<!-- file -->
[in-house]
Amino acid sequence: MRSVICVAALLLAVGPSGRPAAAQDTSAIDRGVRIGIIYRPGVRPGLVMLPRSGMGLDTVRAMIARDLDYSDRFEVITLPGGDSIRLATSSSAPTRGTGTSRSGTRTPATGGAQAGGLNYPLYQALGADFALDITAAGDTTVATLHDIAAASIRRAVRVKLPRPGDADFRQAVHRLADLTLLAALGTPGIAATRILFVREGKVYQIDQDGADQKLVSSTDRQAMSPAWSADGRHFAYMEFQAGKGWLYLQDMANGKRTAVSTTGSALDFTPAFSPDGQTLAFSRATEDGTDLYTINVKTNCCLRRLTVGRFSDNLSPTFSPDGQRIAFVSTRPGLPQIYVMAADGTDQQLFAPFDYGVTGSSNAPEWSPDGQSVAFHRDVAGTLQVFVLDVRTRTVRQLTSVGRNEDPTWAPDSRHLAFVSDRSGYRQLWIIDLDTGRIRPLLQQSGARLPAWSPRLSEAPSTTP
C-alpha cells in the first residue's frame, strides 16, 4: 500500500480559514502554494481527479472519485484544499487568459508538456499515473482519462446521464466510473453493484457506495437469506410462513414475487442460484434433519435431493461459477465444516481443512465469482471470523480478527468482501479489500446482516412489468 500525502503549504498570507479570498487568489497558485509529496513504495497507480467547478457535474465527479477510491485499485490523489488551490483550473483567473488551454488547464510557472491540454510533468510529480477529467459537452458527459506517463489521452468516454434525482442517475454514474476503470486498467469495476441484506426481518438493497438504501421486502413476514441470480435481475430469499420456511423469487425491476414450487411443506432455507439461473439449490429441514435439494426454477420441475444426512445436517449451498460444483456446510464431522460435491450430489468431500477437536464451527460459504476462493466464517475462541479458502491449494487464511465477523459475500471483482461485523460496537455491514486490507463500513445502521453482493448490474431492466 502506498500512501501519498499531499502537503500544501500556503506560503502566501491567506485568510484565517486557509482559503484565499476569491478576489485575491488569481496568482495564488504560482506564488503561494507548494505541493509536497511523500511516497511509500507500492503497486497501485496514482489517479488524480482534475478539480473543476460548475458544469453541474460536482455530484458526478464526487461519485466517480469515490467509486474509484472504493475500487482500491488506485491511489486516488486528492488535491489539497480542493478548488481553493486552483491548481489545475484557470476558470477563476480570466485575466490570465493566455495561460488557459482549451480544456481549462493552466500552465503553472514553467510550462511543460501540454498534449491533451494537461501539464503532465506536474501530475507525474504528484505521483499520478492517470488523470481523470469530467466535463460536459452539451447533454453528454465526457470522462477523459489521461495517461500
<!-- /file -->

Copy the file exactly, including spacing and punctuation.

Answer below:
[in-house]
Amino acid sequence: MRSVICVAALLLAVGPSGRPAAAQDTSAIDRGVRIGIIYRPGVRPGLVMLPRSGMGLDTVRAMIARDLDYSDRFEVITLPGGDSIRLATSSSAPTRGTGTSRSGTRTPATGGAQAGGLNYPLYQALGADFALDITAAGDTTVATLHDIAAASIRRAVRVKLPRPGDADFRQAVHRLADLTLLAALGTPGIAATRILFVREGKVYQIDQDGADQKLVSSTDRQAMSPAWSADGRHFAYMEFQAGKGWLYLQDMANGKRTAVSTTGSALDFTPAFSPDGQTLAFSRATEDGTDLYTINVKTNCCLRRLTVGRFSDNLSPTFSPDGQRIAFVSTRPGLPQIYVMAADGTDQQLFAPFDYGVTGSSNAPEWSPDGQSVAFHRDVAGTLQVFVLDVRTRTVRQLTSVGRNEDPTWAPDSRHLAFVSDRSGYRQLWIIDLDTGRIRPLLQQSGARLPAWSPRLSEAPSTTP
C-alpha cells in the first residue's frame, strides 16, 4: 500500500480559514502554494481527479472519485484544499487568459508538456499515473482519462446521464466510473453493484457506495437469506410462513414475487442460484434433519435431493461459477465444516481443512465469482471470523480478527468482501479489500446482516412489468 500525502503549504498570507479570498487568489497558485509529496513504495497507480467547478457535474465527479477510491485499485490523489488551490483550473483567473488551454488547464510557472491540454510533468510529480477529467459537452458527459506517463489521452468516454434525482442517475454514474476503470486498467469495476441484506426481518438493497438504501421486502413476514441470480435481475430469499420456511423469487425491476414450487411443506432455507439461473439449490429441514435439494426454477420441475444426512445436517449451498460444483456446510464431522460435491450430489468431500477437536464451527460459504476462493466464517475462541479458502491449494487464511465477523459475500471483482461485523460496537455491514486490507463500513445502521453482493448490474431492466 502506498500512501501519498499531499502537503500544501500556503506560503502566501491567506485568510484565517486557509482559503484565499476569491478576489485575491488569481496568482495564488504560482506564488503561494507548494505541493509536497511523500511516497511509500507500492503497486497501485496514482489517479488524480482534475478539480473543476460548475458544469453541474460536482455530484458526478464526487461519485466517480469515490467509486474509484472504493475500487482500491488506485491511489486516488486528492488535491489539497480542493478548488481553493486552483491548481489545475484557470476558470477563476480570466485575466490570465493566455495561460488557459482549451480544456481549462493552466500552465503553472514553467510550462511543460501540454498534449491533451494537461501539464503532465506536474501530475507525474504528484505521483499520478492517470488523470481523470469530467466535463460536459452539451447533454453528454465526457470522462477523459489521461495517461500